New Year, New Learning Opportunities?

Hi Folks

Hope you and yours all had splendid festivities during Yule and beyond.

It’s now time to reflect on our learning activities from last term and plan for this coming term; alas we had an unexpected hiatus to our scheduled Emergent Learning session in mid-December.

However, we are reconvening on Saturday 12th January 2019 at 10:00hrs until 12:00hrs within the Mansions of the Future building on St Mary’s Street, Lincoln, and envisage having a lively, engaging and collective gathering on Emergent Learning.

Please can you kindly indicate by return of email whether you will be able to attend this Saturday.

Look forward to hearing from you!

All the best

SSC Engagement

SSC 2018 – End of Autumn course: ‘Communities of the Future’ update and next steps

 

Dear All

The next SSC Scholar event incorporating the usual monthly planning meeting, a mini-workshop on envisioning Emergent Learning evaluations, and a small SSC community celebration with regard to studies completed, the impending arrival of winter et al is scheduled to take place on Saturday 15 December 2018 at The Mansions of the Future commencing at 10am for a 12 noon completion. 

(Oh my giddy Aunt, how terribly corporate and academically tedious the above all sounds – apologies!)

In essence: Hello everyone, just to let you know that we are getting together on the 15th to have a warm, collective conversation on how can we supportively and pragmatically share our learning journey with each other and the wider community. Please note we will be meeting in the first floor Boardroom, and access is via the former NFU building doorway.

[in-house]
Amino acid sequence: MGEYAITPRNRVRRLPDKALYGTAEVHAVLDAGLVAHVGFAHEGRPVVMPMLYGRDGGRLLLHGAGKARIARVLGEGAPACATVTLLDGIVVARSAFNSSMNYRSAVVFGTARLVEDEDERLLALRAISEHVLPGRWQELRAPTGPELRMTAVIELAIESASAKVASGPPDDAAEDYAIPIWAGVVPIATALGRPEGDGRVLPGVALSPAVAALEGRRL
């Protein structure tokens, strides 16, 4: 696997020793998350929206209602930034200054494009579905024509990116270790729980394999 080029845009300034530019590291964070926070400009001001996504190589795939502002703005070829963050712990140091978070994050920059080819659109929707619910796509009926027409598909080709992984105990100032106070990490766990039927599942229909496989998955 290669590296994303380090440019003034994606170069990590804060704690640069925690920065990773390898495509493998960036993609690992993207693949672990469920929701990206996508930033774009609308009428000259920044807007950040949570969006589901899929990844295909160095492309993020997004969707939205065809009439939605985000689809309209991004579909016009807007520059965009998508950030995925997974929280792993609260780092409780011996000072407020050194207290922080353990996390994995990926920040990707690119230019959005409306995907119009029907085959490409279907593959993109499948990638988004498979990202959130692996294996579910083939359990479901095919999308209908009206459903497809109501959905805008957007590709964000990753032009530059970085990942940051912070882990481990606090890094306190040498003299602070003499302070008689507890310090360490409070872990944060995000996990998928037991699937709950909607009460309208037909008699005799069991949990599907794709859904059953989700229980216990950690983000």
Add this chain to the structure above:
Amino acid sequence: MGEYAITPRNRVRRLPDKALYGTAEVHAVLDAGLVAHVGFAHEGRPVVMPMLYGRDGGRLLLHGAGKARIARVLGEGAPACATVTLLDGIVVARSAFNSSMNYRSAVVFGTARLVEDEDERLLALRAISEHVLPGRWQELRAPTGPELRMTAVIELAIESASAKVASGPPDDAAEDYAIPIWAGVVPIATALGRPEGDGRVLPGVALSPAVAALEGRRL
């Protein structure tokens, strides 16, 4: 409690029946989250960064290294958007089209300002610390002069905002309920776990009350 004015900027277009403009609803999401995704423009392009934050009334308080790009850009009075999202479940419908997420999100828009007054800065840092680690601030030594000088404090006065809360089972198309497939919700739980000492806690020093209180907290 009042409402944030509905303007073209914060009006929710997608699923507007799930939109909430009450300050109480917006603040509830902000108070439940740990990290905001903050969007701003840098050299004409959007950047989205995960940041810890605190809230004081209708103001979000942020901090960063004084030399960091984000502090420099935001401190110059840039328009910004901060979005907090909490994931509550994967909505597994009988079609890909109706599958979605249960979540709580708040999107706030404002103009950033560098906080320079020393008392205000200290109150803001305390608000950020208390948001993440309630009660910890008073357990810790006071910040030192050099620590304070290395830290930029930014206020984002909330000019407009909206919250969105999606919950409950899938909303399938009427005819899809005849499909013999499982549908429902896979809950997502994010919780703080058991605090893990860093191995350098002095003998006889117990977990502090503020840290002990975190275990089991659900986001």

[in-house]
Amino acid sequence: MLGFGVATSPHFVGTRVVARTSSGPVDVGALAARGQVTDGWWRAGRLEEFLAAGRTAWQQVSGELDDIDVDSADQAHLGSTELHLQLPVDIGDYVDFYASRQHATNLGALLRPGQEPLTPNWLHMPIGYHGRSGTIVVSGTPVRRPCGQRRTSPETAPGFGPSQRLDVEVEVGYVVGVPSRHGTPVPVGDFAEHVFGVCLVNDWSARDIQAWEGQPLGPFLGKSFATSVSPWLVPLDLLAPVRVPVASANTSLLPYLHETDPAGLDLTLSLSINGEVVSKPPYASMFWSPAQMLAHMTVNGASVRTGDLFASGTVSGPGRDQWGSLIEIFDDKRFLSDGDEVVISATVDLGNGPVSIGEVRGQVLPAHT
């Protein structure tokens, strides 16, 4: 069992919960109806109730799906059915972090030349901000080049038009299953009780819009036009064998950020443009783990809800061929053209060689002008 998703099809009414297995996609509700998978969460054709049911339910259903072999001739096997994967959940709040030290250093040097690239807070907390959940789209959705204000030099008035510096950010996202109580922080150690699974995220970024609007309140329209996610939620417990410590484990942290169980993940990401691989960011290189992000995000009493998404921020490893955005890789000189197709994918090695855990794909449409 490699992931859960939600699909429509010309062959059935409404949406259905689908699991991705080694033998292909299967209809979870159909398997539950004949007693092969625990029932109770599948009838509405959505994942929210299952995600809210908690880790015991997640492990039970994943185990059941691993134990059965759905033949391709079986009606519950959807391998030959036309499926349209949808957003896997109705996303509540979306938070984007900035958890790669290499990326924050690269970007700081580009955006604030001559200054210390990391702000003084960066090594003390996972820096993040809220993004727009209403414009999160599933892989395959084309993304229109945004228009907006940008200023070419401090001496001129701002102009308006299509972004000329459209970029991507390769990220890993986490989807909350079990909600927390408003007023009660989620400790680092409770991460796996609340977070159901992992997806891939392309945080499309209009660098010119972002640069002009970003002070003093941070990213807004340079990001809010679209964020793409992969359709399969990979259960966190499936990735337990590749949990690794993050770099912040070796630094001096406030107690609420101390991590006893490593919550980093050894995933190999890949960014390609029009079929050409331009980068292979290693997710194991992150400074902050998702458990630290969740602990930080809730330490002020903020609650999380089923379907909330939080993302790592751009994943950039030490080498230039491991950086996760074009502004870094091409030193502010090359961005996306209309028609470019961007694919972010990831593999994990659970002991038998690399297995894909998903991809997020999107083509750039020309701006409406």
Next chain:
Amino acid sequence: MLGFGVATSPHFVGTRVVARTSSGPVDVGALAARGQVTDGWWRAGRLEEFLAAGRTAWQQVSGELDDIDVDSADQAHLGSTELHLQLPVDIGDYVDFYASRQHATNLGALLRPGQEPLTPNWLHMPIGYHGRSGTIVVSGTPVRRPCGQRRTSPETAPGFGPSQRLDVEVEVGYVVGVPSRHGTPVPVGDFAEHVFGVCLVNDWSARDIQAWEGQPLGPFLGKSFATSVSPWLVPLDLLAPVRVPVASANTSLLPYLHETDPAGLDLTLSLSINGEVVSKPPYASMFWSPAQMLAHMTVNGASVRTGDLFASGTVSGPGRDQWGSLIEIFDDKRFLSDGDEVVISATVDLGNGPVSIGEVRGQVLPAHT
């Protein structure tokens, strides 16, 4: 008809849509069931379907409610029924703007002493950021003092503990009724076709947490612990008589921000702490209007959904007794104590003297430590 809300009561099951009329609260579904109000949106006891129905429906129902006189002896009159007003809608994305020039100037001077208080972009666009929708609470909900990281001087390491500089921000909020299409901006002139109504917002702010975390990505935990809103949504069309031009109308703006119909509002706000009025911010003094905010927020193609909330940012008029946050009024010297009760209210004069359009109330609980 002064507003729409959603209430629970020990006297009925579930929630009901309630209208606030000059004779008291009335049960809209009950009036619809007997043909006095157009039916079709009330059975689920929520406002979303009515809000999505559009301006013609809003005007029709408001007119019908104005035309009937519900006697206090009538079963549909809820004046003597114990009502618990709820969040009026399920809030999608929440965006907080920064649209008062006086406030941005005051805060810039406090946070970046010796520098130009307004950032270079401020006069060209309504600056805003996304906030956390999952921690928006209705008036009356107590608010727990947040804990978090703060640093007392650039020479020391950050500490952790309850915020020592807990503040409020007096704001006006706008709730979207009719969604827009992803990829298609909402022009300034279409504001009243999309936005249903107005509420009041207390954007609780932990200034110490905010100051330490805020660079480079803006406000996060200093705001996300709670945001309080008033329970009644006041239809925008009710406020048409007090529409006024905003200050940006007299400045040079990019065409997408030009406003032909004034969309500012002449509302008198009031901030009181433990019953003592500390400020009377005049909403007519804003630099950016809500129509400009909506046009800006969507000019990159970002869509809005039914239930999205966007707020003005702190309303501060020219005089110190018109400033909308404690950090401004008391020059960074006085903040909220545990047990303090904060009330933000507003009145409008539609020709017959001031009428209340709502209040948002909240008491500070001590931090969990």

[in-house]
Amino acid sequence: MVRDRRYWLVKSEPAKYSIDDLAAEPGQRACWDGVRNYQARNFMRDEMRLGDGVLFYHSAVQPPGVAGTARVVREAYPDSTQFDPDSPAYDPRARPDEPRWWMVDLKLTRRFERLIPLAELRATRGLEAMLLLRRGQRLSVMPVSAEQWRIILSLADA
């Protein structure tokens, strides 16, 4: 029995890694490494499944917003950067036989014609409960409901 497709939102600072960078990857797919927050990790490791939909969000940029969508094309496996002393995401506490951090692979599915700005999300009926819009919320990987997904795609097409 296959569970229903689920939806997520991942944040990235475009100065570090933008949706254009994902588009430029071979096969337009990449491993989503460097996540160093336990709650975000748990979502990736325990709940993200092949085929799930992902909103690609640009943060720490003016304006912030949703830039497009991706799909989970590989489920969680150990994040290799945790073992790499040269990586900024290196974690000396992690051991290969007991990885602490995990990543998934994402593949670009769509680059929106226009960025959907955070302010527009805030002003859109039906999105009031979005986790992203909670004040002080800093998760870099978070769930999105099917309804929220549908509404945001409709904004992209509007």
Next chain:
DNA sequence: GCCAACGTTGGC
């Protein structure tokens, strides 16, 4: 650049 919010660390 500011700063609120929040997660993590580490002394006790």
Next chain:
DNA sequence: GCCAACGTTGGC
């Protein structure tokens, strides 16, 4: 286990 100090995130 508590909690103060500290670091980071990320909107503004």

In the spirit of openness and co-operative learning, the first session of the 2019 New Year will be billed as ‘Emergent Learning’ – which simply aims to welcome the whole of our SSC community to show what has been accomplished during the previous term, including: what scholars thought of the learning experience, discuss whether the individual sessions raised further queries in relation to deeper understanding, awareness, connections to other issues studied, are there calls for different styles of learning or more of the same, and so on.

A number of scholars felt that a session dedicated to Emergent Learning (EL) was crucial, and that additionally, the New Year EL session will be of particular interest to those former/lapsed/new scholars who have indicated they wish to become more involved next year, and perhaps offer to facilitate some future learning sessions. Further detailed information on the EL session and also the requirement for an AGM will become available to the SSC Community before the New Year. Dates for your new 2019 diaries are: January 12th and 26th

As a recap for all scholars in relation to the EL session, the SSC Autumn 2018 learning schedule “Communities of the Future: Imagining an alternative and more just society” included:

Date Session Facilitator
29th Sept 2018

 

Ownership Bradley
13th Oct 2018

 

History of Co-operative Lincoln David
27th Oct 2018

 

Permaculture Lucy and Laura S
10th Nov 2018

 

Eco-Anarchism Philip
24th Nov 2018

 

Women’s Struggles Laura S and Sarah
Notably, all the learning sessions were planned, researched, and delivered exclusively by scholars for scholars, and of course, as always, endeavoured to welcome and include anyone else who happened to chance upon us…

If you were unable to attend during the 2018 Autumn term, some individual scholars have kindly provided their own insights and/or interpretations of the above sessions, and these are available on the SSC website: https://socialsciencecentre.org.uk/